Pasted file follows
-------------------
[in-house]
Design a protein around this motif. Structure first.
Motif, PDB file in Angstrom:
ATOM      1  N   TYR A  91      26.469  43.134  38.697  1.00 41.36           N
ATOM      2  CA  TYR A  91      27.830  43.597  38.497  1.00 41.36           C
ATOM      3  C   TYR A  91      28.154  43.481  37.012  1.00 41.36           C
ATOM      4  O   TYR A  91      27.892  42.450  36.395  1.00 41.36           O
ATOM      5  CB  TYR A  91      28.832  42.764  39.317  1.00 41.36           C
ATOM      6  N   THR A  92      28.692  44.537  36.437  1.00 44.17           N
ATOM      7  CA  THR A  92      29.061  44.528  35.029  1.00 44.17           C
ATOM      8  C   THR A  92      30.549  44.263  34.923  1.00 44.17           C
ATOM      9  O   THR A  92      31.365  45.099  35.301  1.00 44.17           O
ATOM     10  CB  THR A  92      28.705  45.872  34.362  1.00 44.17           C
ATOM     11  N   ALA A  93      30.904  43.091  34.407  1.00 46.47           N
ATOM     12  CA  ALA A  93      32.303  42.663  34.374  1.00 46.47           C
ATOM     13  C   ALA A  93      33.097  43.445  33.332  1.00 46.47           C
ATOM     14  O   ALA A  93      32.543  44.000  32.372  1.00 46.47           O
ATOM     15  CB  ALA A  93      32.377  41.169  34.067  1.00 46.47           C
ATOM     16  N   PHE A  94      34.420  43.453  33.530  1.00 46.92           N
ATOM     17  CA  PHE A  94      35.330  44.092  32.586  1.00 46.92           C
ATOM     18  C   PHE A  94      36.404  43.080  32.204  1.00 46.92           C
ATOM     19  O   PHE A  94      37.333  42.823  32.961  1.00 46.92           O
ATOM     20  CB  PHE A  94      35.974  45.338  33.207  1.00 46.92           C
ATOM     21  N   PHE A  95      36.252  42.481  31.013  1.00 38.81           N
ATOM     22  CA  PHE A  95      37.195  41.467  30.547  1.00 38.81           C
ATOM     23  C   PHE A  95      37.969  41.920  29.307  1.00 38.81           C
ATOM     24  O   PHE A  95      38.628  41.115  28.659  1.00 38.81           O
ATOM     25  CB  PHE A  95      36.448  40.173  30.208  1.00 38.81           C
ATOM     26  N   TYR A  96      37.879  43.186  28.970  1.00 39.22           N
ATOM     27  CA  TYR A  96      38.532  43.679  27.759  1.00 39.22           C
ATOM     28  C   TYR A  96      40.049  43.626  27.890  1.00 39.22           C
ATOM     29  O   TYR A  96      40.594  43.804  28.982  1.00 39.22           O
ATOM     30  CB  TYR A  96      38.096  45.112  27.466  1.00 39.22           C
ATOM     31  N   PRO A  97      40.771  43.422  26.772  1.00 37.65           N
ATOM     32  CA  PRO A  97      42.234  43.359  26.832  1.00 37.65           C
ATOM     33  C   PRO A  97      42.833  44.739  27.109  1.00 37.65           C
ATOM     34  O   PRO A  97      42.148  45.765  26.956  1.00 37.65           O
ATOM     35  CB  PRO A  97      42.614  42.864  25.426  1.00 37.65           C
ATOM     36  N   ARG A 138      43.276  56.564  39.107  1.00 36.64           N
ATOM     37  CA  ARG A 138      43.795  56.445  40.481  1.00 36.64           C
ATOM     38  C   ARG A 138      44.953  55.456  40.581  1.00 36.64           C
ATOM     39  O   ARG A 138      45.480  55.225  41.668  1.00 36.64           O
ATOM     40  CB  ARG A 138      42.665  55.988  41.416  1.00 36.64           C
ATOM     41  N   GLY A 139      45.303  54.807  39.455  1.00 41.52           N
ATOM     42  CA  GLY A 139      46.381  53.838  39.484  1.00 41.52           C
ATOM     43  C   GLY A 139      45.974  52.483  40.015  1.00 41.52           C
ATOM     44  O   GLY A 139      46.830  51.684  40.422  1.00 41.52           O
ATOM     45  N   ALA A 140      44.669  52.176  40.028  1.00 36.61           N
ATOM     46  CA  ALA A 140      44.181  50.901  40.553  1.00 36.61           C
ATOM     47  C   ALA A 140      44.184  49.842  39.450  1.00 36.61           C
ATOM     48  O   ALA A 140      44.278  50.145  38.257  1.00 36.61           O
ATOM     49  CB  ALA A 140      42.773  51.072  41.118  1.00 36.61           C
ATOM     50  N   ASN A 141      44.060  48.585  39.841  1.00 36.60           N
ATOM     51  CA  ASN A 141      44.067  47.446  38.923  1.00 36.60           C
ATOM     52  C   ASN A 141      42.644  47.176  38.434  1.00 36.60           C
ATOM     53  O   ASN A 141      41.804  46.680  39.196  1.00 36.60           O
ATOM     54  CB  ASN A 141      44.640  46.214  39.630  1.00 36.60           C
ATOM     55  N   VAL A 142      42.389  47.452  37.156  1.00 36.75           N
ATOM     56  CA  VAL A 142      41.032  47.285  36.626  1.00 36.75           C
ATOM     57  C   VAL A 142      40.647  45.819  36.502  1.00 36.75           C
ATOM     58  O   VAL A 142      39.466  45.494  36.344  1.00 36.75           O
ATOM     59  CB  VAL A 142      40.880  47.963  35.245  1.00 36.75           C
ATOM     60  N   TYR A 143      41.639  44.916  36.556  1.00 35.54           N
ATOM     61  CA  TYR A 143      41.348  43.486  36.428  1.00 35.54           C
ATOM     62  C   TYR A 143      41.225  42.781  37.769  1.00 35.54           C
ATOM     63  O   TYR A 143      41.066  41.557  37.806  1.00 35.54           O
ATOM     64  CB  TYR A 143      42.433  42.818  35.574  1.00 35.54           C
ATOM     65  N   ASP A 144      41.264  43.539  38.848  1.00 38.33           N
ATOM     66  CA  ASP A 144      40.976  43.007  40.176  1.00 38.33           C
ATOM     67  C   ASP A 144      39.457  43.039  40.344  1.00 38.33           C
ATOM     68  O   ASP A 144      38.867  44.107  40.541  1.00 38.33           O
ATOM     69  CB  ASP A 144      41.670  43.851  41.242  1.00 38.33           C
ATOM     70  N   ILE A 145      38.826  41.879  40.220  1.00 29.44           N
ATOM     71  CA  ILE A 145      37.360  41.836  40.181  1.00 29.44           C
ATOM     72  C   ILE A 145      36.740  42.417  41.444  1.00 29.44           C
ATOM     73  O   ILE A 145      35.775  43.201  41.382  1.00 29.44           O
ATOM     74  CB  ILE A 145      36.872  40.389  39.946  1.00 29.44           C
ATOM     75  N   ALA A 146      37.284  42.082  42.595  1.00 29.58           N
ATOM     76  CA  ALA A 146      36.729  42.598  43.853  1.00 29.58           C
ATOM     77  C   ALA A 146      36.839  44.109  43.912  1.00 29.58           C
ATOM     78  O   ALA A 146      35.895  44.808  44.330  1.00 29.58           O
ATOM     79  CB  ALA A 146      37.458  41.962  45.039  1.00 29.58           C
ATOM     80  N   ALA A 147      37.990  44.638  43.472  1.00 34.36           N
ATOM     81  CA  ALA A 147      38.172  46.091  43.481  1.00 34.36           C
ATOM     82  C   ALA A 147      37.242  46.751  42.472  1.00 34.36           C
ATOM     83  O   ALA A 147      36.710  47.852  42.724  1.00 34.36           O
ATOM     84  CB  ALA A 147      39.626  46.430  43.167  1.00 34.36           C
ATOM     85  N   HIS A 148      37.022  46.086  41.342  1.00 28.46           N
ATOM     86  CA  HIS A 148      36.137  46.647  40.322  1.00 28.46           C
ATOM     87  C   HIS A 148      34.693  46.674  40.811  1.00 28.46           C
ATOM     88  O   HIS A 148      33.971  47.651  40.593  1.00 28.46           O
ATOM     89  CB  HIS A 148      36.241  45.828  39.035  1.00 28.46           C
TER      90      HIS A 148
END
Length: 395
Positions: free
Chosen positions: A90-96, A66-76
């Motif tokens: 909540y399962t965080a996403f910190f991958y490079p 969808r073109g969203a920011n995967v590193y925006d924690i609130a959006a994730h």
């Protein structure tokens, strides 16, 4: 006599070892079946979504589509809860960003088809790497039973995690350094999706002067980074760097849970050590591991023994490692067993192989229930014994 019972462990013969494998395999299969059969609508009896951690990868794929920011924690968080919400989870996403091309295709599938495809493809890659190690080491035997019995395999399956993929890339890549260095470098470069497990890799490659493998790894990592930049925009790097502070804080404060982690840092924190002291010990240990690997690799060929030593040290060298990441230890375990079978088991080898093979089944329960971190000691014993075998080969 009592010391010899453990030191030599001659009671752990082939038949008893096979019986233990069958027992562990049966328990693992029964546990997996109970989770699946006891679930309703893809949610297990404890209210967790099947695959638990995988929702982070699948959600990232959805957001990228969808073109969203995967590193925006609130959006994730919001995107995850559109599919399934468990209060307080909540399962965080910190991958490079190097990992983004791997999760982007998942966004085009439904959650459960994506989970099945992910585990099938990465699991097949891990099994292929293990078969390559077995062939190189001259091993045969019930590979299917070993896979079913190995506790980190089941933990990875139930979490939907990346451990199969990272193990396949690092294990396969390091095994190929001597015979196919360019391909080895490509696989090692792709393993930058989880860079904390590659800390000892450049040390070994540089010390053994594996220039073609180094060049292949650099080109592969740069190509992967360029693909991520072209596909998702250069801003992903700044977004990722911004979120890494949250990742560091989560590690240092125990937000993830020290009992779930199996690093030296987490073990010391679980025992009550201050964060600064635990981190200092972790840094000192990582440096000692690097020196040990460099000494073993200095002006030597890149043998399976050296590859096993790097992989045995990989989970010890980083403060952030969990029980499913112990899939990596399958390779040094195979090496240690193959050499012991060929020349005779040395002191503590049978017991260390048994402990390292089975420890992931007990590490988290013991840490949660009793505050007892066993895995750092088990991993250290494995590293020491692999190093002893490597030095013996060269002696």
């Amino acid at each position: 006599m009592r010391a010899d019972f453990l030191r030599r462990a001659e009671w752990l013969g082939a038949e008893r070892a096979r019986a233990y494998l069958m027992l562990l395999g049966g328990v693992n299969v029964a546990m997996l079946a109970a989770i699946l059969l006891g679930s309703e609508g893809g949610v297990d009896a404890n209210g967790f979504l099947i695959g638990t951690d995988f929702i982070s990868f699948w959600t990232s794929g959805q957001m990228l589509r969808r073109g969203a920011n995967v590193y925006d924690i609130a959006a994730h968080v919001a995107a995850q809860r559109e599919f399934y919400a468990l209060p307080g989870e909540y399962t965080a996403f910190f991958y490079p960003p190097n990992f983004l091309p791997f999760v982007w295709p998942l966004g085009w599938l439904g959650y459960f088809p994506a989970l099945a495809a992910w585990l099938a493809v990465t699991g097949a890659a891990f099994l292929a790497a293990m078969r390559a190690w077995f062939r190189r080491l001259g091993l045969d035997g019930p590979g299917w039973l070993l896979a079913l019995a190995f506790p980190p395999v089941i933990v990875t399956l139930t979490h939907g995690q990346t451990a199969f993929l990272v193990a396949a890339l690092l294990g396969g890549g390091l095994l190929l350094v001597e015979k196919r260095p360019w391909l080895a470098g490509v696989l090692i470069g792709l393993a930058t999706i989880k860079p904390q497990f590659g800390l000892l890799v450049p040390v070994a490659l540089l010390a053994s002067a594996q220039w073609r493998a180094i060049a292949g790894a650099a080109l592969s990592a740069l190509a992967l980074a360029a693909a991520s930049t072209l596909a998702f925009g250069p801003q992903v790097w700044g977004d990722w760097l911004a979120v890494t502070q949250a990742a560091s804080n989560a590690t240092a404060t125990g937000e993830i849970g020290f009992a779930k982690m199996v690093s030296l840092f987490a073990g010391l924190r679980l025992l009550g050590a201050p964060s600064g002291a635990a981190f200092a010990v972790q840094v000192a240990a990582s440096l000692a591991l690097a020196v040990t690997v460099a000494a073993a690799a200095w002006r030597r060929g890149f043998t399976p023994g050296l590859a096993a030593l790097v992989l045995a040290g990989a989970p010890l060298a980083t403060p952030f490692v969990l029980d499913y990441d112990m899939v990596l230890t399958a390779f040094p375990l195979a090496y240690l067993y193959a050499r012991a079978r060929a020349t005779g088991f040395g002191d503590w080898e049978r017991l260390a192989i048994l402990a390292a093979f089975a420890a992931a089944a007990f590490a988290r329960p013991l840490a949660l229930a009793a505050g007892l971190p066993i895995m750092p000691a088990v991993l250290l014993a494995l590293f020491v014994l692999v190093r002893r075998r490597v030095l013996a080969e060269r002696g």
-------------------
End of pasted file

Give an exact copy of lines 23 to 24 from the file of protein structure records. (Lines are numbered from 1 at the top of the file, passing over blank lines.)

ATOM     20  CB  PHE A  94      35.974  45.338  33.207  1.00 46.92           C
ATOM     21  N   PHE A  95      36.252  42.481  31.013  1.00 38.81           N